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 Posted: Thu Aug 9th, 2018 10:35 pm
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Evan Atkinson
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When you look through the oil hole and shine a flashlight, you should be able to see the wool packing.  When you use an oiler with a spout, you are impregnating the wool packing material with oil for the sleeve bearings; this motor doesn’t use an oil bath system for lubrication.  If you can’t see the brownish wool material, someone may have dug it out, in which case you’ll need to replace it.

The symptom you describe, of oil “raining” down on you and through the fan motor, sounds like that’s what’s happened.  You’ll need to dismantle the motor to reinstall the packing.  I never took mine all the way apart, but I think the motor separates easily, once that nut fixture on the bottom central rod is removed.  Don’t quote me on that!

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 Posted: Tue Aug 14th, 2018 05:35 pm
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Tom Miele
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To AllAfter trying every possible way to oil the bearing, I decided to try to take the fan apart to clean and lubricate the bearings and other internal parts. The good news is the "nut" which held the fan together came off with out breaking. The bad news is the fan does not come apart as I had expected. Is the lower portion pressed on and requires a puller ? I'm afraid to pry this and wondered if I should try tapping it with a rubber mallet ? Would appreciate your help with the next action to get the fan apart. Thank you 

Tom 


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 Posted: Tue Aug 14th, 2018 06:11 pm
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Evan Atkinson
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Try grabbing the whole lower body and turning it counter-clockwise, looks as though it unscrews from that central shaft. The cast retaining fixture locks the whole assembly together.

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 Posted: Tue Aug 14th, 2018 09:08 pm
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Tom Miele
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Success! The shaft did not thread on but was tight enough to need to be worked off by grabbing the top and bottom and moving back and forth as you suggested. The inside is a complete oily mess!  At this point, I have a few questions:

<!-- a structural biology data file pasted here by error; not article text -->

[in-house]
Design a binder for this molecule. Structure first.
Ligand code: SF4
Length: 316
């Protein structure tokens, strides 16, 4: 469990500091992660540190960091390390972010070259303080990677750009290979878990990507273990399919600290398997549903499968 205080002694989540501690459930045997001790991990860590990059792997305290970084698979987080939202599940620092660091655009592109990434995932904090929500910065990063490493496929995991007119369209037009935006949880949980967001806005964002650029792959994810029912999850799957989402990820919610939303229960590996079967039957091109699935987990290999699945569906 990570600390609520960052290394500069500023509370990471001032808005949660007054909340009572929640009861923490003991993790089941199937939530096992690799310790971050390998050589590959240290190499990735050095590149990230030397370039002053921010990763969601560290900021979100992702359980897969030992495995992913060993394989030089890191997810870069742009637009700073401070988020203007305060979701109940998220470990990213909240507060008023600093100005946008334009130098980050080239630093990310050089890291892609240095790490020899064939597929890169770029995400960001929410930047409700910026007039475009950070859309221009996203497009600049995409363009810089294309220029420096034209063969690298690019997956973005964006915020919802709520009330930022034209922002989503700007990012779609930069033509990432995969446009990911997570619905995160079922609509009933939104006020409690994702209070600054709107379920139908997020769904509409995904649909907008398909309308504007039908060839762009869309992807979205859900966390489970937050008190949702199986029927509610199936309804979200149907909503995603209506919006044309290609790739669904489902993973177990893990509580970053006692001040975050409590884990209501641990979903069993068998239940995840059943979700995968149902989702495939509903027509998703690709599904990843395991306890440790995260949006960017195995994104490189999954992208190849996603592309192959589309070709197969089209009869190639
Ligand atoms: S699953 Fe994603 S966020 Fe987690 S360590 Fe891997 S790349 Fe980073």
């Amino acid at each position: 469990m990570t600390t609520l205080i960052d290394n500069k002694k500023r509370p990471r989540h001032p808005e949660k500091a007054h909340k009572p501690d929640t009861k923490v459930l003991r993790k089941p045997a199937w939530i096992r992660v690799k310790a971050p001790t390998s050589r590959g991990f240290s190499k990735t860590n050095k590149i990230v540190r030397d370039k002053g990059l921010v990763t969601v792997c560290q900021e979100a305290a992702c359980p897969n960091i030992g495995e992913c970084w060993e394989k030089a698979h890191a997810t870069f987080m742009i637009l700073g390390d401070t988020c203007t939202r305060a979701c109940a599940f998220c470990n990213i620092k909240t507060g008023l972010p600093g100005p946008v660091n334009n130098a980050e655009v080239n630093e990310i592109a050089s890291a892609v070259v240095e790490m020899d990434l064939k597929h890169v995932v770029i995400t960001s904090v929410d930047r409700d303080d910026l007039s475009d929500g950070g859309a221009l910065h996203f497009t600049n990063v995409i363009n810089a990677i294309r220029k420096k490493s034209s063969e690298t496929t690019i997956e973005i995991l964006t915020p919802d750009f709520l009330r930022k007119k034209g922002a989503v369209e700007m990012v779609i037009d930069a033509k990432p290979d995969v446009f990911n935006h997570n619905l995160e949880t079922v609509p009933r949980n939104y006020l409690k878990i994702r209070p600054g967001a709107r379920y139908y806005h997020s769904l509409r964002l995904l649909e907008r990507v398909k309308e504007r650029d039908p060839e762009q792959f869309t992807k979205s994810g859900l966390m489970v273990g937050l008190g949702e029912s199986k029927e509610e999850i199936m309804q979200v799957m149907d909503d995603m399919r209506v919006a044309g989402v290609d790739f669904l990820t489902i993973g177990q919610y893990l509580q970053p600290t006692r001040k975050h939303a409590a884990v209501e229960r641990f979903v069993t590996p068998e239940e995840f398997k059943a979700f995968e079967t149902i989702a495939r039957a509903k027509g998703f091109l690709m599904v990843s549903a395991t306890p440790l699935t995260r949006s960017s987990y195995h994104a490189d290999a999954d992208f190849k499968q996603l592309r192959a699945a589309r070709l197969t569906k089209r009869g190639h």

1.) The wires seem unsafe to me and I believe I should replace them. The picture I have attached shows a junction which looks like a conductive strap which connects the top and bottom wires. I believe (and hope) the conductive strap tying the top and bottom wires together  is mounted on a non-conductive base. This seems like a shock hazard. Could I bypass this with wiring that ran from the bottom to the top? OR do o need to keep this configuration and cover the exposed wires with a non-conductive cover?

2.) The lower bearing seems fine to me and did have some oil (although it still made noise). I believe after looking at these parts that oil entering from the top "oil add" hole should be added when the fan is off allowing the oil to run down between the shaft and upper bushing into the lower bearing. I do not see any other passage for the oil from top to bottom to travel. Is there a reason the lower bearing isn't just loaded with grease? I can do this with oil but since there is no way of knowing how much is in the lower chamber I would be just guessing what the correct amount would be for operation. How do you know the oil added is getting to the lower bearing ?

3.) I was planning on cleaning up the oily mess with paint thinner. Is this ok?

Thank you 

Tom 

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 Posted: Wed Aug 15th, 2018 08:08 am
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Levi Mevis
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Tom, those wire terminals that you are talking about are attached to a piece of mica board which is an insulation material, there's no chance of getting shocked by the fan unless you touch the individual screw terminals themselves then you might get a shocking surprise but as far as the whole fan goes, its completely insulated from electrical current.